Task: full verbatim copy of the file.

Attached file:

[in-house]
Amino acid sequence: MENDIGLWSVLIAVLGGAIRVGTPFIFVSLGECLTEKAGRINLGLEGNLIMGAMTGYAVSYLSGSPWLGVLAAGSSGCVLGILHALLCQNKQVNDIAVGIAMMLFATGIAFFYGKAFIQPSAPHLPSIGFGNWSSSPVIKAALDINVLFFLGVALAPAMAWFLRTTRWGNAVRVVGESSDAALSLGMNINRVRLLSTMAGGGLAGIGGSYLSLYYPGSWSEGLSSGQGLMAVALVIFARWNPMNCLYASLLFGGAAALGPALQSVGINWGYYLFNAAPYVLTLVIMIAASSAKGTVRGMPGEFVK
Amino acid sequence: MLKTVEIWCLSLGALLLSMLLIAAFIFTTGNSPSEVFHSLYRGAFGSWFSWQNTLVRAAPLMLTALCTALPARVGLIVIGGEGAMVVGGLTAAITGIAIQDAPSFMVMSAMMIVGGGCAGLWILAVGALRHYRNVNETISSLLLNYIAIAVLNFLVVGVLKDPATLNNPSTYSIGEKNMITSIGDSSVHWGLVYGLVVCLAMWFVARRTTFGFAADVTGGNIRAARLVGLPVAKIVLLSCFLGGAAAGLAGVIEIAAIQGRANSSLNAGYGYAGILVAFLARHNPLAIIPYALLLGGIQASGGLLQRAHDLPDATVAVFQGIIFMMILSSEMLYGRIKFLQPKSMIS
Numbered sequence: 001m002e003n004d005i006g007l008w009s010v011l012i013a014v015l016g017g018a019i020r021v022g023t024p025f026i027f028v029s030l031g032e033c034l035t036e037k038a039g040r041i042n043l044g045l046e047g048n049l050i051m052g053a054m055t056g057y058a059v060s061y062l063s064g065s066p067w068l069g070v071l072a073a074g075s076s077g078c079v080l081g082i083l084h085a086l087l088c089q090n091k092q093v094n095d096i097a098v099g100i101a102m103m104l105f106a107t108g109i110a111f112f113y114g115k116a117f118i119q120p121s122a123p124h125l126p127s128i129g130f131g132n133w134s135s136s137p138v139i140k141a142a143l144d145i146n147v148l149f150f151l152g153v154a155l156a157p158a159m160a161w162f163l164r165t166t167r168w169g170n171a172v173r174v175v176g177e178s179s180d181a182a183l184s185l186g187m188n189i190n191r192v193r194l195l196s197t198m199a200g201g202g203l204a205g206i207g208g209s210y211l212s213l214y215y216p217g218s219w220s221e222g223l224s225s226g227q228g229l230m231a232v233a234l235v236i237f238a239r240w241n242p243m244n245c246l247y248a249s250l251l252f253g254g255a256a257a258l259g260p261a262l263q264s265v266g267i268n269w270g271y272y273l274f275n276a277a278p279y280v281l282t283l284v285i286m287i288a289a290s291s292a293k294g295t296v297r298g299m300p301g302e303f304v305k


[in-house]
Amino acid sequence: MENDIGLWSVLIAVLGGAIRVGTPFIFVSLGECLTEKAGRINLGLEGNLIMGAMTGYAVSYLSGSPWLGVLAAGSSGCVLGILHALLCQNKQVNDIAVGIAMMLFATGIAFFYGKAFIQPSAPHLPSIGFGNWSSSPVIKAALDINVLFFLGVALAPAMAWFLRTTRWGNAVRVVGESSDAALSLGMNINRVRLLSTMAGGGLAGIGGSYLSLYYPGSWSEGLSSGQGLMAVALVIFARWNPMNCLYASLLFGGAAALGPALQSVGINWGYYLFNAAPYVLTLVIMIAASSAKGTVRGMPGEFVK
Amino acid sequence: MLKTVEIWCLSLGALLLSMLLIAAFIFTTGNSPSEVFHSLYRGAFGSWFSWQNTLVRAAPLMLTALCTALPARVGLIVIGGEGAMVVGGLTAAITGIAIQDAPSFMVMSAMMIVGGGCAGLWILAVGALRHYRNVNETISSLLLNYIAIAVLNFLVVGVLKDPATLNNPSTYSIGEKNMITSIGDSSVHWGLVYGLVVCLAMWFVARRTTFGFAADVTGGNIRAARLVGLPVAKIVLLSCFLGGAAAGLAGVIEIAAIQGRANSSLNAGYGYAGILVAFLARHNPLAIIPYALLLGGIQASGGLLQRAHDLPDATVAVFQGIIFMMILSSEMLYGRIKFLQPKSMIS
Numbered sequence: 001m002e003n004d005i006g007l008w009s010v011l012i013a014v015l016g017g018a019i020r021v022g023t024p025f026i027f028v029s030l031g032e033c034l035t036e037k038a039g040r041i042n043l044g045l046e047g048n049l050i051m052g053a054m055t056g057y058a059v060s061y062l063s064g065s066p067w068l069g070v071l072a073a074g075s076s077g078c079v080l081g082i083l084h085a086l087l088c089q090n091k092q093v094n095d096i097a098v099g100i101a102m103m104l105f106a107t108g109i110a111f112f113y114g115k116a117f118i119q120p121s122a123p124h125l126p127s128i129g130f131g132n133w134s135s136s137p138v139i140k141a142a143l144d145i146n147v148l149f150f151l152g153v154a155l156a157p158a159m160a161w162f163l164r165t166t167r168w169g170n171a172v173r174v175v176g177e178s179s180d181a182a183l184s185l186g187m188n189i190n191r192v193r194l195l196s197t198m199a200g201g202g203l204a205g206i207g208g209s210y211l212s213l214y215y216p217g218s219w220s221e222g223l224s225s226g227q228g229l230m231a232v233a234l235v236i237f238a239r240w241n242p243m244n245c246l247y248a249s250l251l252f253g254g255a256a257a258l259g260p261a262l263q264s265v266g267i268n269w270g271y272y273l274f275n276a277a278p279y280v281l282t283l284v285i286m287i288a289a290s291s292a293k294g295t296v297r298g299m300p301g302e303f304v305k